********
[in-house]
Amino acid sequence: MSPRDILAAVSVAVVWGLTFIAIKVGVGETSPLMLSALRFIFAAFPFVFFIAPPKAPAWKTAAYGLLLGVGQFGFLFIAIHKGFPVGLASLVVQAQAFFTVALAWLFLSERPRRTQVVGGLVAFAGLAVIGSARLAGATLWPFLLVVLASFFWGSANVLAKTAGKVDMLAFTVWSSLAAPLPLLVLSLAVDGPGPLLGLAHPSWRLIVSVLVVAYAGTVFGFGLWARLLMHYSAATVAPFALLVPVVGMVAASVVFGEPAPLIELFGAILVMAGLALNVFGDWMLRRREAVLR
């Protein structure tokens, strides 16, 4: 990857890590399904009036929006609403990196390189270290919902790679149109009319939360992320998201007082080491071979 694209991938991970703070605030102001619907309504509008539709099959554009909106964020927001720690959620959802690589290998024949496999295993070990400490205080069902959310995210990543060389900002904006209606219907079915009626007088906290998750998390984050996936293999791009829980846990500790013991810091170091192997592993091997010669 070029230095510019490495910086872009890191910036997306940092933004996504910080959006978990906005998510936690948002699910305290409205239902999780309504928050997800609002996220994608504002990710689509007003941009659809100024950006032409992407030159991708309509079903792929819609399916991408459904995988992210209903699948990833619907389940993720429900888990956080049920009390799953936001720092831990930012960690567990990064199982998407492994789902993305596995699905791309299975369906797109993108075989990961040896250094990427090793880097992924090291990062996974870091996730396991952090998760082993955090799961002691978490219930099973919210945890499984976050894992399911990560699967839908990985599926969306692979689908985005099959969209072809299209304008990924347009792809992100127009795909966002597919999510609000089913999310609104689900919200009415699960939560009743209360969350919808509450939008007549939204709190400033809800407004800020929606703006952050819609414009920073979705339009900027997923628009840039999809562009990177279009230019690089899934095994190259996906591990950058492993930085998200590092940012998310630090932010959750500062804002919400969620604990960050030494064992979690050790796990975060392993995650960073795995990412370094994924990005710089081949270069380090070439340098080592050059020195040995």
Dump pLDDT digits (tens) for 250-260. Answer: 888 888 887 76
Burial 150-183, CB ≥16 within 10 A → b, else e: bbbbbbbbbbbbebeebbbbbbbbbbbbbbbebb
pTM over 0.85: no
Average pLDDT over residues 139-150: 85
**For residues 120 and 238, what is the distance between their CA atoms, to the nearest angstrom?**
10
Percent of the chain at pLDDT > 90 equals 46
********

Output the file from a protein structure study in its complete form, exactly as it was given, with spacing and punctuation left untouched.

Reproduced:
[in-house]
Amino acid sequence: MSPRDILAAVSVAVVWGLTFIAIKVGVGETSPLMLSALRFIFAAFPFVFFIAPPKAPAWKTAAYGLLLGVGQFGFLFIAIHKGFPVGLASLVVQAQAFFTVALAWLFLSERPRRTQVVGGLVAFAGLAVIGSARLAGATLWPFLLVVLASFFWGSANVLAKTAGKVDMLAFTVWSSLAAPLPLLVLSLAVDGPGPLLGLAHPSWRLIVSVLVVAYAGTVFGFGLWARLLMHYSAATVAPFALLVPVVGMVAASVVFGEPAPLIELFGAILVMAGLALNVFGDWMLRRREAVLR
């Protein structure tokens, strides 16, 4: 990857890590399904009036929006609403990196390189270290919902790679149109009319939360992320998201007082080491071979 694209991938991970703070605030102001619907309504509008539709099959554009909106964020927001720690959620959802690589290998024949496999295993070990400490205080069902959310995210990543060389900002904006209606219907079915009626007088906290998750998390984050996936293999791009829980846990500790013991810091170091192997592993091997010669 070029230095510019490495910086872009890191910036997306940092933004996504910080959006978990906005998510936690948002699910305290409205239902999780309504928050997800609002996220994608504002990710689509007003941009659809100024950006032409992407030159991708309509079903792929819609399916991408459904995988992210209903699948990833619907389940993720429900888990956080049920009390799953936001720092831990930012960690567990990064199982998407492994789902993305596995699905791309299975369906797109993108075989990961040896250094990427090793880097992924090291990062996974870091996730396991952090998760082993955090799961002691978490219930099973919210945890499984976050894992399911990560699967839908990985599926969306692979689908985005099959969209072809299209304008990924347009792809992100127009795909966002597919999510609000089913999310609104689900919200009415699960939560009743209360969350919808509450939008007549939204709190400033809800407004800020929606703006952050819609414009920073979705339009900027997923628009840039999809562009990177279009230019690089899934095994190259996906591990950058492993930085998200590092940012998310630090932010959750500062804002919400969620604990960050030494064992979690050790796990975060392993995650960073795995990412370094994924990005710089081949270069380090070439340098080592050059020195040995």
Dump pLDDT digits (tens) for 250-260. Answer: 888 888 887 76
Burial 150-183, CB ≥16 within 10 A → b, else e: bbbbbbbbbbbbebeebbbbbbbbbbbbbbbebb
pTM over 0.85: no
Average pLDDT over residues 139-150: 85
**For residues 120 and 238, what is the distance between their CA atoms, to the nearest angstrom?**
10
Percent of the chain at pLDDT > 90 equals 46